Wheat Blast Outbreak Threatens Food Security in Bangladesh and Beyond

15 June 2016 Lauren Hooley, Research Assistant, Global Food and Water Crises Research Programme


Wheat blast, a disease caused by the fungus Magnaporthe oryzae, was first discovered in Brazil in 1985. The disease spread rapidly and, by the early 1990s, had affected three million hectares of arable land, severely restricting the potential for wheat cultivation across South America. Wheat blast attacks the ears of wheat, shrivelling and deforming the grain just one week after symptoms first appear. Affected seeds become bleached and die before becoming wheat grains. It is spread by seed and infected leaf debris. The disease, previously only ever recorded in South America and the US state of Kentucky, appeared in Bangladesh in February 2016, marking the first outbreak of wheat blast in Asia to date. So far, it has affected 108,000 hectares of wheat fields in south-west Bangladesh. The projected financial loss due to wheat blast is estimated at 1,800 crore taka ($300 million). There are concerns that the attack in Bangladesh could lead to further outbreaks across Asia, particularly in India and Pakistan.


Agriculture employs 47 per cent of Bangladesh’s total labour force and comprises 16 per cent of GDP. Wheat is the second-largest cultivated grain in Bangladesh, grown across 4.3 lakh (430,000) hectares of land, and is vital to the food security and livelihoods of the Bangladeshi people. A subsistence farmer in the worst-hit regions is expected to harvest 80 per cent less wheat as a result of the outbreak. Wheat is an integral part of food security not just in Bangladesh, but also the wider Asian region. Across South Asia over 135 million tonnes of wheat is grown each year. An outbreak of wheat blast beyond Bangladesh’s borders would have a devastating effect on the South Asian region, whose inhabitants consume over 100 million tonnes of wheat each year.

Wheat blast thrives in warm and humid climates. February in Bangladesh saw unseasonal rains and higher temperatures, allowing the disease to proliferate. Similar climactic conditions feature across much of Asia, providing an ideal environment for the disease to spread. There is concern that wheat blast may spread to India, the second-largest producer of wheat worldwide. India has downplayed the threat, insisting its quarantine and breeding programmes are robust and effective at eliminating wheat blast. India’s major wheat-producing states are Punjab, Haryana and Uttar Pradesh, away from the Bangladeshi border. India has not yet ruled out a ban on the import of wheat from Bangladesh and is considering halting the cultivation of wheat in border areas of the eastern states of West Bengal and Assam if wheat blast in Bangladesh is not contained.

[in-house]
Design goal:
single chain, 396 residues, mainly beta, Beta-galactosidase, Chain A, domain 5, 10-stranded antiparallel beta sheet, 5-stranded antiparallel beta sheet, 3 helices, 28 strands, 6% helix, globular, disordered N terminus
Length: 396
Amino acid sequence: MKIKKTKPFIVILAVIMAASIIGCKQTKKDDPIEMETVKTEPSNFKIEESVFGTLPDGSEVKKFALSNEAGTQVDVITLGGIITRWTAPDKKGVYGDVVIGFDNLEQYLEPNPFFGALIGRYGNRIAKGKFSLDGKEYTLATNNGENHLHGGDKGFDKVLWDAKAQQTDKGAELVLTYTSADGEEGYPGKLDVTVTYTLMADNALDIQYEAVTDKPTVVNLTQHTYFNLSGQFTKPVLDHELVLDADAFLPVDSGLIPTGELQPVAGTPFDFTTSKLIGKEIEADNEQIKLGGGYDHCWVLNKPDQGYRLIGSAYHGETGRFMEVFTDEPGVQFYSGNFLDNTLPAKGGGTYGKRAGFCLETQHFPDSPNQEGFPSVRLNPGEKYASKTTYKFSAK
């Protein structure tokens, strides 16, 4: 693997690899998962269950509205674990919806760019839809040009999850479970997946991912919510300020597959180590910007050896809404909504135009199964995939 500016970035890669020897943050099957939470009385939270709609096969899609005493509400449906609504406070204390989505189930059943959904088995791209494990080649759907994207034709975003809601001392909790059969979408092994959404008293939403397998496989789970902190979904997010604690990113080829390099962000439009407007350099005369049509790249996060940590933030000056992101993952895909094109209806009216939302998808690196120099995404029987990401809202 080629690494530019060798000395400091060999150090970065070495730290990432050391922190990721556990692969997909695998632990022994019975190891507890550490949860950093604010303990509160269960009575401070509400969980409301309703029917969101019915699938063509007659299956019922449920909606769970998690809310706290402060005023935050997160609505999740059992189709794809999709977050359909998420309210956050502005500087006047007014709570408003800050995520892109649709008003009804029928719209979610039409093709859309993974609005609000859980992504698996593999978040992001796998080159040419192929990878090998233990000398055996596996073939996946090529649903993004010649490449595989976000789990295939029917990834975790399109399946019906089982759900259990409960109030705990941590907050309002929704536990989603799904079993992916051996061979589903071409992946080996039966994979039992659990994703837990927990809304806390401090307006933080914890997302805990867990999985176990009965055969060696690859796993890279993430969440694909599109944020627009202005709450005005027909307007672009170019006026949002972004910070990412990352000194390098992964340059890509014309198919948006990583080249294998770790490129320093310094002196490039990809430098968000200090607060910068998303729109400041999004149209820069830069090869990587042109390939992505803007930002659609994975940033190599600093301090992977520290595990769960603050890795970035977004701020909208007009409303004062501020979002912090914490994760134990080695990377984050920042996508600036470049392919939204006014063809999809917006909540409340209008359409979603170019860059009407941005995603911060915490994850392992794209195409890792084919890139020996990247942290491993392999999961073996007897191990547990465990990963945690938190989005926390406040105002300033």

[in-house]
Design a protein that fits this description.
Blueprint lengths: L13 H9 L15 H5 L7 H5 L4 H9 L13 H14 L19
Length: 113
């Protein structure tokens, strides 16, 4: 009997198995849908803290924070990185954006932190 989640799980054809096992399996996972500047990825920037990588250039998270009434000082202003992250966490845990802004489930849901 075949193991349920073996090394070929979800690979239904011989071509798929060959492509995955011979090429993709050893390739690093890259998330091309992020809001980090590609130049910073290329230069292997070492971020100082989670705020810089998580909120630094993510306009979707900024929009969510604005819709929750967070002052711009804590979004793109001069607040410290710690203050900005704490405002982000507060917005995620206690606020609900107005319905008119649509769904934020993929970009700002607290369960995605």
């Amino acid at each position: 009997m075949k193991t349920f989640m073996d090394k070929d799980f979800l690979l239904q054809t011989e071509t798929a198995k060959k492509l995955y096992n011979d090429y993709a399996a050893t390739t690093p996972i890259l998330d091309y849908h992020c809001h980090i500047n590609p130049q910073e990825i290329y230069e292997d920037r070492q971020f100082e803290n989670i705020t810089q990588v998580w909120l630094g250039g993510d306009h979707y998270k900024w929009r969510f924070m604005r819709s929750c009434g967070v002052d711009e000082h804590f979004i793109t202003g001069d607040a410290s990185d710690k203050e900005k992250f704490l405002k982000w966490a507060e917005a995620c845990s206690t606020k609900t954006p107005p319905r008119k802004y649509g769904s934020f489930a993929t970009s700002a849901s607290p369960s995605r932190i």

Pakistan is the eighth-largest producer of wheat worldwide. Agriculture comprises 25.5 per cent of GDP and employs 43.7 per cent of the labour force. Like Bangladesh, Pakistan’s food security, and the livelihoods of its people, would suffer immensely if wheat blast were to spread across its cultivated land. There are mounting concerns that, if the disease were to reach Pakistan, they would not have adequate surveillance or quarantine capabilities to control the disease.

The most immediate threat of wheat blast in Asia comes from Thailand, the Philippines and Vietnam.  These countries import wheat from Brazil and may see presentations of the disease similar to that of Bangladesh if quarantine processes are not properly implemented.

The wheat blast fungus, Magnaporthe oryzae, belongs to the same species that causes rice blast, a similar disease that affects rice crops. The wheat blast pathogen, however, is a distinct population of Magnaporthe oryzae, the Triticum population, and does not cause the disease in rice. The same cannot be said for other crops, such as barley and maize, which can be infected by the Triticum population.

In the short-term, due quarantine protocol must be employed in countries moving wheat, alongside the effective surveillance of crops. Seeds to be planted in the next season should not be sourced from affected regions. Control of the date of wheat planting will help to prevent wheat blast by ensuring cultivation does not correspond with weather patterns conducive to disease growth. In the long term, developing improved wheat varieties that carry genetic resistant to Magnaporthe oryzae will drastically reduce the incidence of wheat blast. Research is currently underway, with resistant germplasms being tested in areas of South America that are still majorly affected. Given the short window between symptoms appearing and major damage, chemical interventions are impractical. Developing disease-resistant varieties of wheat is the best long-term strategy to control wheat blast.

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